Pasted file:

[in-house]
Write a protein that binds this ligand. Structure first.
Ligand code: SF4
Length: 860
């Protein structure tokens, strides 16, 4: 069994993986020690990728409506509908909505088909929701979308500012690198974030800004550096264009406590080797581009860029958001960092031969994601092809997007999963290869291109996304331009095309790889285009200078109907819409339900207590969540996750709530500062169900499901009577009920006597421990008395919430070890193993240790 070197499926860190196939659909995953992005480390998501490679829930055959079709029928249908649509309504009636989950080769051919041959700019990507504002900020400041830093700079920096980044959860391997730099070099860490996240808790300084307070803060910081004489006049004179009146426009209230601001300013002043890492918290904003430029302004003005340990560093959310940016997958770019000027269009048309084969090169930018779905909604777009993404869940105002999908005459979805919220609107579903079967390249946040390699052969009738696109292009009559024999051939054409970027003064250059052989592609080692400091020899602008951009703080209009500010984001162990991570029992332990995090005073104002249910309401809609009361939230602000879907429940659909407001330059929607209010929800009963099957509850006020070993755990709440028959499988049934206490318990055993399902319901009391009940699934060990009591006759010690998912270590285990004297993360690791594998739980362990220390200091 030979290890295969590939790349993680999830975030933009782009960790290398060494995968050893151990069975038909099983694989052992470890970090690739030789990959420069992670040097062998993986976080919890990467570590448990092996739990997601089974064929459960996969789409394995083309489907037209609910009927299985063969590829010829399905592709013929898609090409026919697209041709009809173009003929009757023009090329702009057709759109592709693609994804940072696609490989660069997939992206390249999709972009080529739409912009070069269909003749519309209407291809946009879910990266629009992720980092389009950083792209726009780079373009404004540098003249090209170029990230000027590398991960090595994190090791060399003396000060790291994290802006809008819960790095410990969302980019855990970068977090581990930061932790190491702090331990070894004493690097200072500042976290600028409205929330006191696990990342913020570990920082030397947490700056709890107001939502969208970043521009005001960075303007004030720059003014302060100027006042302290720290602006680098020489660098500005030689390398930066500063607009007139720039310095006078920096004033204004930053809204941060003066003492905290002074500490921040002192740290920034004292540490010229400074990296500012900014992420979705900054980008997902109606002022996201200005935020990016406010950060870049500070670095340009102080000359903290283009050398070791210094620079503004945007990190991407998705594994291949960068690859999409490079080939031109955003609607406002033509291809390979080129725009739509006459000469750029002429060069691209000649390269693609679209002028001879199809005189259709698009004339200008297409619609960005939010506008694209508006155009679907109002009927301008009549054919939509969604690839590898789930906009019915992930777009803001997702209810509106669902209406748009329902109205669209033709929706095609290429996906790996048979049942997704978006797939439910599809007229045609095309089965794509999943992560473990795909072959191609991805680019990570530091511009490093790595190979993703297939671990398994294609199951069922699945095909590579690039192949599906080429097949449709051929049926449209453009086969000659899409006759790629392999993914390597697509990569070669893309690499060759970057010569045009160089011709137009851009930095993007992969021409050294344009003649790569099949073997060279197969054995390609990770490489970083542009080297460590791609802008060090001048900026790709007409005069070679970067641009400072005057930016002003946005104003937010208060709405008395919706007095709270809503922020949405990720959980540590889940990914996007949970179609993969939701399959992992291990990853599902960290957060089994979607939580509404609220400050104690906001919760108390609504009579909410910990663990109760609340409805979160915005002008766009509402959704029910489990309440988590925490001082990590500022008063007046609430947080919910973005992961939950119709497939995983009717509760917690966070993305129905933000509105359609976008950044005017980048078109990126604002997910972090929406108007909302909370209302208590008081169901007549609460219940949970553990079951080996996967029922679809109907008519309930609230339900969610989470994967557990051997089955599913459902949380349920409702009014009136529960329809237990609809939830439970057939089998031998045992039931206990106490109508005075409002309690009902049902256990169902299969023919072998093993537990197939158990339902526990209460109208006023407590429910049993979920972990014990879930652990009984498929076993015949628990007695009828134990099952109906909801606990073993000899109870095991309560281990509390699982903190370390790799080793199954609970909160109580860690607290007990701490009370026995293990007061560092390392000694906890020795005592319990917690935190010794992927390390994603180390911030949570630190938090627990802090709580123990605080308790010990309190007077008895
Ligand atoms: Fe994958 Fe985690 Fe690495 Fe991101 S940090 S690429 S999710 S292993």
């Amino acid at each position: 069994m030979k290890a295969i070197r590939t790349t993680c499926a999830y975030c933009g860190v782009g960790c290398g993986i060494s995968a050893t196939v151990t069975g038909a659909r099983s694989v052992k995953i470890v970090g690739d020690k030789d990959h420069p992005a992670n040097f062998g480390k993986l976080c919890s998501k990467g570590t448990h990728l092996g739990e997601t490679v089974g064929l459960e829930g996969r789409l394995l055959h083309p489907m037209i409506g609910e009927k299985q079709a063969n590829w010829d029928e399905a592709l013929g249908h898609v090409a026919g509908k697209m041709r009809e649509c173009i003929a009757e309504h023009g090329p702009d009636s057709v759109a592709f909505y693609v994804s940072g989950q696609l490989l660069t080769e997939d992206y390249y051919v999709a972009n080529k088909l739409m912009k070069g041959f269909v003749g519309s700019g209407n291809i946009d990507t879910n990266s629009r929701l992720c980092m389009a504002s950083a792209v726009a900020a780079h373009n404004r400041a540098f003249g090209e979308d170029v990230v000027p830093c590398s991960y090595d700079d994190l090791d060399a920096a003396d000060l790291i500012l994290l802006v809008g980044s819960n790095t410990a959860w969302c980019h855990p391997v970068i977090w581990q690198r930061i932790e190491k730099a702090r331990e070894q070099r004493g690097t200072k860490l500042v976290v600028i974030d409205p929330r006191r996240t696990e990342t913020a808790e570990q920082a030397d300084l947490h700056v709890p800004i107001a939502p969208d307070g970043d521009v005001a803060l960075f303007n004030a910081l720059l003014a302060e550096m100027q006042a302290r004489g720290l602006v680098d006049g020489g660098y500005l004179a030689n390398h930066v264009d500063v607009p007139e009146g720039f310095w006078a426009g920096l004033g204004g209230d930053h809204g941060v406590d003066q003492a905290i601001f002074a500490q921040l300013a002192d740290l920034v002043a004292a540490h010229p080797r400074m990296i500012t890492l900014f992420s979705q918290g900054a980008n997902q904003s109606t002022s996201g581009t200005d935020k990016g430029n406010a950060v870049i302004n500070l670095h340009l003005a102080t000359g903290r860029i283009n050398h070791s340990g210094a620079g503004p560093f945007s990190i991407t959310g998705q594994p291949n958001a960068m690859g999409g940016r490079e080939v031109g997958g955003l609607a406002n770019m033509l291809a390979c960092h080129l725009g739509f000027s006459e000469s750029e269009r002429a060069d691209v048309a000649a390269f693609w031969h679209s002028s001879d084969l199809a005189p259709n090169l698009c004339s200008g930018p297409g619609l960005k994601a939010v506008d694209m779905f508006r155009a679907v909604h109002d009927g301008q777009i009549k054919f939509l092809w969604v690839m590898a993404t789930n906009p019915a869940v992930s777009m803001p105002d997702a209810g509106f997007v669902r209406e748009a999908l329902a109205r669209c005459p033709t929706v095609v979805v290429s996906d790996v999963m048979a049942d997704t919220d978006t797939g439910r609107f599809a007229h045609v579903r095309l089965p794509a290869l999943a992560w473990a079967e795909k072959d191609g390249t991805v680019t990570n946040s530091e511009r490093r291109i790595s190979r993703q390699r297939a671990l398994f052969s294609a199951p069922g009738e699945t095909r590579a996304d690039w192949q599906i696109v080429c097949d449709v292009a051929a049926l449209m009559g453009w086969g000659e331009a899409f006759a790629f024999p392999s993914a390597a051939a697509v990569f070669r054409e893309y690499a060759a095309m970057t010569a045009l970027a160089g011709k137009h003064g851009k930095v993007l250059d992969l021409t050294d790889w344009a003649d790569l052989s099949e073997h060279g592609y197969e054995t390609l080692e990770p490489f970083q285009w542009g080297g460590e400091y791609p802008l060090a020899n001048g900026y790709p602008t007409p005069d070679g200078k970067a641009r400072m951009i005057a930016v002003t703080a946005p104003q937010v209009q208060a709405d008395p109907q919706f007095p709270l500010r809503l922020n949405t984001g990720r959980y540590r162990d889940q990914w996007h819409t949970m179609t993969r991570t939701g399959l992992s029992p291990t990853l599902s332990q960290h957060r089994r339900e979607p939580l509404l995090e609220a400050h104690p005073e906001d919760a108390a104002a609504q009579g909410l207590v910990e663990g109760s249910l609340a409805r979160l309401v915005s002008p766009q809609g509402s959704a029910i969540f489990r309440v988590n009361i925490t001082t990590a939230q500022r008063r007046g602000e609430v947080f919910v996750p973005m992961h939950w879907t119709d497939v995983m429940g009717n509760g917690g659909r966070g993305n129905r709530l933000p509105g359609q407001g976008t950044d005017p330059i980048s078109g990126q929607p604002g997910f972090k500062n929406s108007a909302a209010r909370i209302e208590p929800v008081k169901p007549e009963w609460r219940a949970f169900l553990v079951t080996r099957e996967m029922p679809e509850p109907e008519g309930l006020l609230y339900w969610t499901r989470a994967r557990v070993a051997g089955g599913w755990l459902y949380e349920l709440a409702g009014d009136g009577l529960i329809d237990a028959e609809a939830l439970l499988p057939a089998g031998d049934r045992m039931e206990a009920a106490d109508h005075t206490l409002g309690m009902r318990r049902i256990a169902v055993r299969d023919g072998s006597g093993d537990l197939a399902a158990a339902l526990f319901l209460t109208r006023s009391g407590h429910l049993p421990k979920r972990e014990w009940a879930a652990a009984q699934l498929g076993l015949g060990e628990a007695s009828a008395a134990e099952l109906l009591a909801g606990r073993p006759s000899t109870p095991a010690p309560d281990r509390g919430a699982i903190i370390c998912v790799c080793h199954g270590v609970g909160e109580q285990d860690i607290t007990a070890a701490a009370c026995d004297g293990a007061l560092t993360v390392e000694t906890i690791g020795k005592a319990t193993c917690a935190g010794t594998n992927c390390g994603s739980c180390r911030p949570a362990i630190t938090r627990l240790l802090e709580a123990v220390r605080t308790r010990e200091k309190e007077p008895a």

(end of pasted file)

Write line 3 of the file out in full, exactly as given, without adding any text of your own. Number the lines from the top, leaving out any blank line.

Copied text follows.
Ligand code: SF4